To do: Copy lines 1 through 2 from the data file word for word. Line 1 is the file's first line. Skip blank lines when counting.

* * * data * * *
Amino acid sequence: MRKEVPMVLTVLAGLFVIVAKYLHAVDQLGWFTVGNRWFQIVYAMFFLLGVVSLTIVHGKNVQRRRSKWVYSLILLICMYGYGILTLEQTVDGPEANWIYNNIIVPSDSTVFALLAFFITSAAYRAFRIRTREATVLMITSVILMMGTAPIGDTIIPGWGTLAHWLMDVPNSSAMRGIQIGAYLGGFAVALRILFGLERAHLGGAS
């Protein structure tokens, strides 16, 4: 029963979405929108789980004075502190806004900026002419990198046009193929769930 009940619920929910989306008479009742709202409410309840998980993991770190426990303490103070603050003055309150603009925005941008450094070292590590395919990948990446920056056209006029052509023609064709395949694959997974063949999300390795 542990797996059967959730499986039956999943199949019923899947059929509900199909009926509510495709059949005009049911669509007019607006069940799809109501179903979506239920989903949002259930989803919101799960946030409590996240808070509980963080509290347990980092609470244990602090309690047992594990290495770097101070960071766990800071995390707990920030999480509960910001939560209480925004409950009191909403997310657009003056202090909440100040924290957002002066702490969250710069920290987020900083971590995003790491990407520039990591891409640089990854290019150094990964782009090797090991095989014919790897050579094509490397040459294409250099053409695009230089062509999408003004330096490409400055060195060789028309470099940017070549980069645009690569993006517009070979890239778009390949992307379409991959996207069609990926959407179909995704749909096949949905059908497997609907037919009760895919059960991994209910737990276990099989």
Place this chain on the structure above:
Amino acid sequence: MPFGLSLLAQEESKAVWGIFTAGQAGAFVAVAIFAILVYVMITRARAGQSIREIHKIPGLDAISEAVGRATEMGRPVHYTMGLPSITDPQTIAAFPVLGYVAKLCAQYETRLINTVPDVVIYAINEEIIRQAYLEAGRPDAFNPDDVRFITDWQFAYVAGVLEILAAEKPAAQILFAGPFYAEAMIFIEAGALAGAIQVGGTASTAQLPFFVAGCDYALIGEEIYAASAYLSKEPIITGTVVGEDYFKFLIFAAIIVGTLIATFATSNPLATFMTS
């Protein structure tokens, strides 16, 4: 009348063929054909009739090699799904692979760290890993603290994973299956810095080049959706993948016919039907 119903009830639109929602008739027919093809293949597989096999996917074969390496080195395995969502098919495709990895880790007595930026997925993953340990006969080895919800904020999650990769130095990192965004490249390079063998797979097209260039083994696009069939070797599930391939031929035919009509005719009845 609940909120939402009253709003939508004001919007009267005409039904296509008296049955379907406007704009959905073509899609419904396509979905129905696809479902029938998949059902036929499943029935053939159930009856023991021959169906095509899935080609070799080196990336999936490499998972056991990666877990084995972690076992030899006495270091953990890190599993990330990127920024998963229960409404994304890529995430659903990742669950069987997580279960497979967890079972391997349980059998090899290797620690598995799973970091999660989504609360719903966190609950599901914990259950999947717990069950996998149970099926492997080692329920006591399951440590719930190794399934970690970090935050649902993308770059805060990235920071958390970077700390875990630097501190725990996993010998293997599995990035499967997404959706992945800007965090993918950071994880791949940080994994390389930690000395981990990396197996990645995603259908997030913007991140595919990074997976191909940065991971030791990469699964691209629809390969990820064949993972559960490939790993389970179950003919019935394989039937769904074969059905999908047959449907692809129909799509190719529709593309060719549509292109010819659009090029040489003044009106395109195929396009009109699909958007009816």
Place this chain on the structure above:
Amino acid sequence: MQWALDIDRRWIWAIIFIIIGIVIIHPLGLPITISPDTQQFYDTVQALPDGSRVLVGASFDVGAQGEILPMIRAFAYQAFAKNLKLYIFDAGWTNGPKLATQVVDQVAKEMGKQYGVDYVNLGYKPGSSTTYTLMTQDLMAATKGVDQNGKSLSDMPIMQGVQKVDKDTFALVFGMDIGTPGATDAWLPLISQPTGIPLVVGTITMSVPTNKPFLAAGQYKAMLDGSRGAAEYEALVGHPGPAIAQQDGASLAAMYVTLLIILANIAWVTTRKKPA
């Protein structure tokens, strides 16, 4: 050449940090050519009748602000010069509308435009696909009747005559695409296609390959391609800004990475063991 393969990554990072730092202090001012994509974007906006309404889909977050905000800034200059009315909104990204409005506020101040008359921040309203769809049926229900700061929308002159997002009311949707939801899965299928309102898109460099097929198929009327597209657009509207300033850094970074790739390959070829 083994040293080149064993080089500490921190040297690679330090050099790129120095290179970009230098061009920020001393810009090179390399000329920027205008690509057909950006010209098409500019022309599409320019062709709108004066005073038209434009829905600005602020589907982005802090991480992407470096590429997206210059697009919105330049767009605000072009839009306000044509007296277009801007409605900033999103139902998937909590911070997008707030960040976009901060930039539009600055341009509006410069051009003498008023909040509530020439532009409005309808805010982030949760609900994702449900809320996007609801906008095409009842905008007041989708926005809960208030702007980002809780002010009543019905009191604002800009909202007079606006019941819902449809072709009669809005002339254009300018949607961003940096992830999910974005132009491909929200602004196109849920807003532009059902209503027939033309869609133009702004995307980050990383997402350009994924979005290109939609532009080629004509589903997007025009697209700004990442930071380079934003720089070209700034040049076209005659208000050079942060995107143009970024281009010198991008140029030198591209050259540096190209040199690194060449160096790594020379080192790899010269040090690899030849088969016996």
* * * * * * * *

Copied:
Amino acid sequence: MRKEVPMVLTVLAGLFVIVAKYLHAVDQLGWFTVGNRWFQIVYAMFFLLGVVSLTIVHGKNVQRRRSKWVYSLILLICMYGYGILTLEQTVDGPEANWIYNNIIVPSDSTVFALLAFFITSAAYRAFRIRTREATVLMITSVILMMGTAPIGDTIIPGWGTLAHWLMDVPNSSAMRGIQIGAYLGGFAVALRILFGLERAHLGGAS
């Protein structure tokens, strides 16, 4: 029963979405929108789980004075502190806004900026002419990198046009193929769930 009940619920929910989306008479009742709202409410309840998980993991770190426990303490103070603050003055309150603009925005941008450094070292590590395919990948990446920056056209006029052509023609064709395949694959997974063949999300390795 542990797996059967959730499986039956999943199949019923899947059929509900199909009926509510495709059949005009049911669509007019607006069940799809109501179903979506239920989903949002259930989803919101799960946030409590996240808070509980963080509290347990980092609470244990602090309690047992594990290495770097101070960071766990800071995390707990920030999480509960910001939560209480925004409950009191909403997310657009003056202090909440100040924290957002002066702490969250710069920290987020900083971590995003790491990407520039990591891409640089990854290019150094990964782009090797090991095989014919790897050579094509490397040459294409250099053409695009230089062509999408003004330096490409400055060195060789028309470099940017070549980069645009690569993006517009070979890239778009390949992307379409991959996207069609990926959407179909995704749909096949949905059908497997609907037919009760895919059960991994209910737990276990099989």